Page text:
James says that doing so isn’t as paradoxical as it might appear. This team can live in the moment while still understanding that the season will be a test of endurance.
“You can do both,” James insists. “You just want to get better every day. We want to get better every day on the floor, in games, during practices or during film sessions, on the road or at home. Preparing our minds and preparing our bodies for the long haul. So I’ll see how we continue to improve each month, throughout each game, throughout each journey, each step, and then go from there.”
As Lakers head coach, Vogel will be the man in charge of balancing it all. He knows it will be a challenge.
“It’s an unprecedented type of offseason. You not only have the shortest offseason, but you’re coming out of an environment where you were in a bubble for three months, three and a half months, so you have to mentally get past that first, and then you have to start thinking about how to get your body and your mind ready for next season,” Vogel said. “It’s not an offseason where you’re coming into the offseason going ‘I want to add certain things to my game,’ it’s really about trying to refresh your mind, keeping your body in shape, maintaining your skillset and coming back to work.”
Despite that, Vogel still gave every player on the Lakers an individualized plan of things he wanted them to work on during their break if they had time. For Kyle Kuzma, it was instructions to work on shooting off the move more, and we’ve seen how hard fellow young player Talen Horton-Tucker worked to hit the ground running. For some of the Lakers’ veterans, though, Vogel knew they would just need time to get away and rest their minds, as well as any injuries they picked up during the team’s title run. Caldwell-Pope’s candor made it clear he was in the latter group, and that he wasn’t alone, saying the whole team looked “lost a little bit” at points during their final preseason game.
“I don’t want to say it’s going to take a minute to get back in shape, but I am getting winded out there. It’s going to take time to get that rhythm back. Especially game rhythm. Running up and down the court. We had a short offseason to even try and recover from the injuries that we had or bruises that we had from last season,” Caldwell-Pope said. “I feel like we’re just managing it day by day, even in practice or in games. If you’re feeling something, you don’t want to force it. Just take care of yourself.”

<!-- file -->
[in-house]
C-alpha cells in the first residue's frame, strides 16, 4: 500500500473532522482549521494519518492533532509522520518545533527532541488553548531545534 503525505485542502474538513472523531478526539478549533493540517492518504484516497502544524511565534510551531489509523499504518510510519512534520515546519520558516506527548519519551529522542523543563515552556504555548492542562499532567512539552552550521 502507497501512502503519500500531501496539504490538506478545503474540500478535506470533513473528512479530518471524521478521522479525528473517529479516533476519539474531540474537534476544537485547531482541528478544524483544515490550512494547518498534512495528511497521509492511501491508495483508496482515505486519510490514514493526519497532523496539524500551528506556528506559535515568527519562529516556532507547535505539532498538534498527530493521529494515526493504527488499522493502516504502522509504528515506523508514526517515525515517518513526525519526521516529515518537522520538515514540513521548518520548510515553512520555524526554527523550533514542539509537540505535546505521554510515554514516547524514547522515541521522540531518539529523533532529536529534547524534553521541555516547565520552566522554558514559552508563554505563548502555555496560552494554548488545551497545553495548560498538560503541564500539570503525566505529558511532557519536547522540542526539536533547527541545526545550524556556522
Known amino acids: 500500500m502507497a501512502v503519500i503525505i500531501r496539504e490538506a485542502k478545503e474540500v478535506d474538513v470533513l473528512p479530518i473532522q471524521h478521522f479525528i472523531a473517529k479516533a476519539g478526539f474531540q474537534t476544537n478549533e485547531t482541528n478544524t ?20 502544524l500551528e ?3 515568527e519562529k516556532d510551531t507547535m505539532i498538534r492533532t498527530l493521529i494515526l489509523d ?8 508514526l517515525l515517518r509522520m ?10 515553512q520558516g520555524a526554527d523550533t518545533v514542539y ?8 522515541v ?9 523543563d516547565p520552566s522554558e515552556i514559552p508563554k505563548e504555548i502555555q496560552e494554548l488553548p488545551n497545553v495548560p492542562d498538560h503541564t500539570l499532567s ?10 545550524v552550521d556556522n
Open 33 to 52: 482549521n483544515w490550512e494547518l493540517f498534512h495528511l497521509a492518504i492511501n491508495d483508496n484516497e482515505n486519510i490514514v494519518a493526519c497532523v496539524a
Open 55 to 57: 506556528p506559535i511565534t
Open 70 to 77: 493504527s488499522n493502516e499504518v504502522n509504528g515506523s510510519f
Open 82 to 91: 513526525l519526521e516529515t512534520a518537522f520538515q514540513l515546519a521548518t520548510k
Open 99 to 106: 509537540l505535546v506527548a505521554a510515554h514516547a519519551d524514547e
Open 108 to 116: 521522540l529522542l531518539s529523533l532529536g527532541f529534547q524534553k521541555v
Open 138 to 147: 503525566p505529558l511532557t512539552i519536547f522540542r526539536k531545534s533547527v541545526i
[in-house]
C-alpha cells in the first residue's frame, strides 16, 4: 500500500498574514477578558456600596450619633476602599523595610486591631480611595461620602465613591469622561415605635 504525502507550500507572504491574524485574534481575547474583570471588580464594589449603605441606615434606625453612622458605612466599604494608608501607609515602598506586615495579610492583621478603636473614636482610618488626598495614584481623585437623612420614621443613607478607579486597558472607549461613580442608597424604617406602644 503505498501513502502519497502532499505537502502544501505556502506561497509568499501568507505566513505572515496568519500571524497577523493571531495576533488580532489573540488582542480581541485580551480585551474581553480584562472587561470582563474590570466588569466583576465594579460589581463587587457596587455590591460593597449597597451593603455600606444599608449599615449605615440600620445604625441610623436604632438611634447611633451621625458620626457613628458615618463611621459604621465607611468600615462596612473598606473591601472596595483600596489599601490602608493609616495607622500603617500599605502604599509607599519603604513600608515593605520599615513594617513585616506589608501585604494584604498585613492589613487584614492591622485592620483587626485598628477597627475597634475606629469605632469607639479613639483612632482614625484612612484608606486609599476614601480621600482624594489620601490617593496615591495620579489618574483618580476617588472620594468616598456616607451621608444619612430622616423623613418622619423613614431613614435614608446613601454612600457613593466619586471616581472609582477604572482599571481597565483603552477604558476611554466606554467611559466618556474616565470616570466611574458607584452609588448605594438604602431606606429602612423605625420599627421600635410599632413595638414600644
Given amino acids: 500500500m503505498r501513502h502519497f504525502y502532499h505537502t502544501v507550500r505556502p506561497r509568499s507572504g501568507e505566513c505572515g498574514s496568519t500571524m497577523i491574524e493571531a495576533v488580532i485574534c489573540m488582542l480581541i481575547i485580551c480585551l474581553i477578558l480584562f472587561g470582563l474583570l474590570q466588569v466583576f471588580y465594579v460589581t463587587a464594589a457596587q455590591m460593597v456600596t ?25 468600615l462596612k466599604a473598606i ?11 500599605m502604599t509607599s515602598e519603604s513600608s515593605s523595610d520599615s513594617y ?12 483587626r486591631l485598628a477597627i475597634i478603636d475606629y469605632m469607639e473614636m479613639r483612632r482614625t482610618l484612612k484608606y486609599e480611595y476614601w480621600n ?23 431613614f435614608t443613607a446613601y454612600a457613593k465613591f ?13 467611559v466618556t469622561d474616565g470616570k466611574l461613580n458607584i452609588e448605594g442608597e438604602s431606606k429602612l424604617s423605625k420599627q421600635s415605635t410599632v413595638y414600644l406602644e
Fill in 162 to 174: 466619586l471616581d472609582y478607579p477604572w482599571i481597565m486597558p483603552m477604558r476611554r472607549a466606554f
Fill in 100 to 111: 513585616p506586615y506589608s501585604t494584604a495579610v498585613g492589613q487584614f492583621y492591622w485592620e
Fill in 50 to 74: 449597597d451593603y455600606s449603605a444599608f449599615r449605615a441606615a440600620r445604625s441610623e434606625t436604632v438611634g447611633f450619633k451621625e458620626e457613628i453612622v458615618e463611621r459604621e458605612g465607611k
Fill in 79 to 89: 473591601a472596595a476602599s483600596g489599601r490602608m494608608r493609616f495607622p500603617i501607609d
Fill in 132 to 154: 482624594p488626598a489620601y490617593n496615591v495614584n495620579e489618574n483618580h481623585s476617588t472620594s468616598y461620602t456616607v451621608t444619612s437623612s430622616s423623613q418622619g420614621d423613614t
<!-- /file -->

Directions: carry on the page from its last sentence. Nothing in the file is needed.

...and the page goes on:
That’s where the Lakers’ depth might come in, and could bridge the seeming gap between their comments about taking every part of the regular season seriously while at the same time saying they have to be cautious. On the first day of training camp, Vogel made a vow that whoever was on the floor would play as hard as the Lakers did last year, and maybe that mentality — of everyone who is playing going all out, while everyone who needs to sit taking a break — can be what gets them through.
“We will play every minute of every single regular-season game like it’s the championship because that’s part of what won for us in the playoffs last year is that mindset, that every time we’re on the floor we’re playing harder than our opponent, period, and we’re caring more than our opponent, period. This is just a way of life for us,” Vogel said then. “So we’re not unclear, if I talk about easing into this season it’s really about understanding where guys are from a conditioning standpoint, from an offseason recovery standpoint and just making sure that there is a proper buildup in camp with that.
“But when we get into the season, for sure every game that we play, we’re playing to play harder than our opponent, care more about that night’s victory than our opponent, because that’s the No. 1 habit that you can build throughout the regular season, is the habit of winning, and having that mindset every time we stepped out on the floor (last year) paid dividends for us in the playoffs, and that’s going to be the mindset this year,” Vogel continued. “What I like about it is that doesn’t mean guys are going to have to play 45 minutes a night. We have such great depth that we can balance that out while still having the five guys on the floor competing like hell.”
It won’t be easy to do that during such a short turnaround, but winning championships isn’t supposed to be easy.
“We’re all just trying to make the best of it. We’re going to have some ugly moments early in the season as a result of it,” Vogel admitted Friday. “That’s just the nature of what we’re going through. Nobody’s complaining about it, nobody’s feeling sorry for us. We’re not feeling sorry for ourselves. We’ll be ready to go and make the best of the early part of the season.”
His players insist they’re ready for the challenge.
“As a team, we have a long way to go, as far as building that chemistry,” Caldwell-Pope said. “But I know with the team we have and the group of guys that’s here, I know it’s going to be as soon as possible that we put it together.”
Whether physically, mentally, or metaphorically, whether it’s in the film room or in a rare session on the practice court, the Lakers will take turns, sprinting towards that goal every day.